This looks like m=2 swirling instability mode of the axisymmetric jet, but how could an axisymmetric jet form up in the sky like that?
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Helix clouds are quite uncommon - a Google search reveals only a few, oft repeated, images. There are several short discussions about them on various forums, the longest of which glances over a few interesting ideas including an attempt to quantify the evolution of a well-documented Muscovian example with time.
It isn't a jet stream core - they are too small (and found in areas where the jet stream isn't). You need something capable of generating a long thin cloud, and something to spin it. The first part is easy: a contrail being the prime example (as well as several other common cloud types). The second part requires some phenomenon to generate a twisting cylinder of air, and there is one! Strong localised vertical shear generates horizontal vortices that tend to twist over their length.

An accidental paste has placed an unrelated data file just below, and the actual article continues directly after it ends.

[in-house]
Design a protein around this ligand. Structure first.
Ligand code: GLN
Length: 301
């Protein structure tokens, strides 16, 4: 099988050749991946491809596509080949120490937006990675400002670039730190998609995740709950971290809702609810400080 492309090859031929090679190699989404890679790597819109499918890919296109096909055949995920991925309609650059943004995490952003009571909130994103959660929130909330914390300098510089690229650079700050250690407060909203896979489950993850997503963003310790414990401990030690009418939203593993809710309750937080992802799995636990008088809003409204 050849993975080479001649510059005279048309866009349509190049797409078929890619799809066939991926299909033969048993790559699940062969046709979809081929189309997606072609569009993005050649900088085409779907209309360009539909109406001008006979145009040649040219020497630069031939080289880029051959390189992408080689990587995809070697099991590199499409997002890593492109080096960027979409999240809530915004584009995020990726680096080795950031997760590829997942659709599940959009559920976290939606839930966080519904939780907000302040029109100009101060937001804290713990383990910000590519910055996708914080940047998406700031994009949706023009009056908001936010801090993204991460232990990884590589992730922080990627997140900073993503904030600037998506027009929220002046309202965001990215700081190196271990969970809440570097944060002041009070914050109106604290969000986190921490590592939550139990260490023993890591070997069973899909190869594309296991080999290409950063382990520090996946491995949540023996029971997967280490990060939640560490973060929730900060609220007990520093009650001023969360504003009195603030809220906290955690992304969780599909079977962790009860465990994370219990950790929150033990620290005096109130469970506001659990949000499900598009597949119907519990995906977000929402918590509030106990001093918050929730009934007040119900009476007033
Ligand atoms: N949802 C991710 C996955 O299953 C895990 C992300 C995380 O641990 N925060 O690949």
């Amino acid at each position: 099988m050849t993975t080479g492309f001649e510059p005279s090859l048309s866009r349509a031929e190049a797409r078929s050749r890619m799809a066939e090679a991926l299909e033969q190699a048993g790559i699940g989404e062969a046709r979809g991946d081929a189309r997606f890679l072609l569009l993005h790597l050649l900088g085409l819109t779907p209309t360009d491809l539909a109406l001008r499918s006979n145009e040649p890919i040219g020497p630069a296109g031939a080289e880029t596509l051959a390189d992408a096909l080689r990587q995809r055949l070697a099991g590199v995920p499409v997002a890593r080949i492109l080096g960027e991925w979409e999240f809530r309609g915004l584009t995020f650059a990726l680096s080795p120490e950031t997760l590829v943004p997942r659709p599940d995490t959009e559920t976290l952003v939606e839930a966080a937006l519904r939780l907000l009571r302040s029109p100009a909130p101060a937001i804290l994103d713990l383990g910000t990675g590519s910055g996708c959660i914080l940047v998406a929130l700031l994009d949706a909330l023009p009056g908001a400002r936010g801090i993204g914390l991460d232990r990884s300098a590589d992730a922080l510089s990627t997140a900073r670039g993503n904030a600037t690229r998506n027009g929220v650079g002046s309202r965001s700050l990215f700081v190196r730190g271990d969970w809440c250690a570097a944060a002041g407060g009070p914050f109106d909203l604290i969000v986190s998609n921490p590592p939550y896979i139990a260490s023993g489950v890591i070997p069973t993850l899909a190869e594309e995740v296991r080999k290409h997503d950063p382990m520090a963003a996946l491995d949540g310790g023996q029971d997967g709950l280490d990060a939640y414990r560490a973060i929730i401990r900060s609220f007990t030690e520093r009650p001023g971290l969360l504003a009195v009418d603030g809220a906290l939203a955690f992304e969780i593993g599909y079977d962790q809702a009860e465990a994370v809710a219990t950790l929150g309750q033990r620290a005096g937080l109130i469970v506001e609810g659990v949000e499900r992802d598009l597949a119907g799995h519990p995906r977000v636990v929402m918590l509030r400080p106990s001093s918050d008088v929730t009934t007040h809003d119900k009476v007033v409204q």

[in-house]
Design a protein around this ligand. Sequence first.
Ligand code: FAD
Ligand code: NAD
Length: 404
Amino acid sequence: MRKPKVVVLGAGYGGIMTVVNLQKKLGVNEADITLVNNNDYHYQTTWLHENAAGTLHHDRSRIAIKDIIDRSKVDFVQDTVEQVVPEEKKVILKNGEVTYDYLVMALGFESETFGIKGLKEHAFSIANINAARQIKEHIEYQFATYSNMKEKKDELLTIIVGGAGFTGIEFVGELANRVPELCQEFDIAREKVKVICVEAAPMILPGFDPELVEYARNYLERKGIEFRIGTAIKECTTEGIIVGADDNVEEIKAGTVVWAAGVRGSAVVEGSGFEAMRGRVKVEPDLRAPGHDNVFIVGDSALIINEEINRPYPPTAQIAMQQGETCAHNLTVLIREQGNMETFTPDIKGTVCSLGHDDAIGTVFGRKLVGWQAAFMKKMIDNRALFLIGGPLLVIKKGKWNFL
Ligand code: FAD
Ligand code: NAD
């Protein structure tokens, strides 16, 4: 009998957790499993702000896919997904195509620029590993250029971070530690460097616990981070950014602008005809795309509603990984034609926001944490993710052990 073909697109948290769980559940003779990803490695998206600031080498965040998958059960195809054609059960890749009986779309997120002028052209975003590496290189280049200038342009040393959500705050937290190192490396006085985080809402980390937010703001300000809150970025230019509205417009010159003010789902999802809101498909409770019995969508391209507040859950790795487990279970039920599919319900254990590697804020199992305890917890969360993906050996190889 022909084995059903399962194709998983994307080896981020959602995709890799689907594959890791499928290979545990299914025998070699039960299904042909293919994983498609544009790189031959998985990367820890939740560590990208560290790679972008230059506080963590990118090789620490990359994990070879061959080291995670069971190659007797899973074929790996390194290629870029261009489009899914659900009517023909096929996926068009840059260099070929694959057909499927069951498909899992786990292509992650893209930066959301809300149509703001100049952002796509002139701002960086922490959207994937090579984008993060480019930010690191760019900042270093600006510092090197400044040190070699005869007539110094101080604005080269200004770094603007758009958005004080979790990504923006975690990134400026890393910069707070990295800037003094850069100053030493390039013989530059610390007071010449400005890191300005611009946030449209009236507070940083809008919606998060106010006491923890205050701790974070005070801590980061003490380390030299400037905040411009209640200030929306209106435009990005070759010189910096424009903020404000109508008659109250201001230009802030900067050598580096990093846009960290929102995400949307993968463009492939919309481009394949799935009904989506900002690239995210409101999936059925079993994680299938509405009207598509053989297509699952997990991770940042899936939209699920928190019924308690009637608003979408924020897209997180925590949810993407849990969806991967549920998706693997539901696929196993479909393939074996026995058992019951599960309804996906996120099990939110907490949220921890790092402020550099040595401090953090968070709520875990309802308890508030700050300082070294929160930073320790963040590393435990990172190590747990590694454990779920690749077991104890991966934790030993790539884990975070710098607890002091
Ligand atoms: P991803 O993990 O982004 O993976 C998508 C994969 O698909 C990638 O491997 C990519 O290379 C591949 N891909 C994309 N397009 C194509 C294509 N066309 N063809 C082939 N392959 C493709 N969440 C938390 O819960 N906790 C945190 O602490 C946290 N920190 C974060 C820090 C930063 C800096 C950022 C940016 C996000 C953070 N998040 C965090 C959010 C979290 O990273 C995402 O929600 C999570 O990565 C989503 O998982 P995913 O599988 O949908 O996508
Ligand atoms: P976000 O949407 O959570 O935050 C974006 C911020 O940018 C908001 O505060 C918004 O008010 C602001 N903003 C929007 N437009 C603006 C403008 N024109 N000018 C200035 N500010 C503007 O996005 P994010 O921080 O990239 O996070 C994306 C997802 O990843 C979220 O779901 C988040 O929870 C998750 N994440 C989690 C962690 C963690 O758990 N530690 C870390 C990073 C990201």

That covers a single helix cloud - but what about the double helices? Well, contrails from larger airplanes form a fine example of two distinct lines of cloud, which, under the scenario described in the previous paragraph would wrap around each other to form such a shape.
Example over Mauna Kea, generated from ambient cirrostratus.
Example over Moscow, almost certainly generated from a fleeting contrail.
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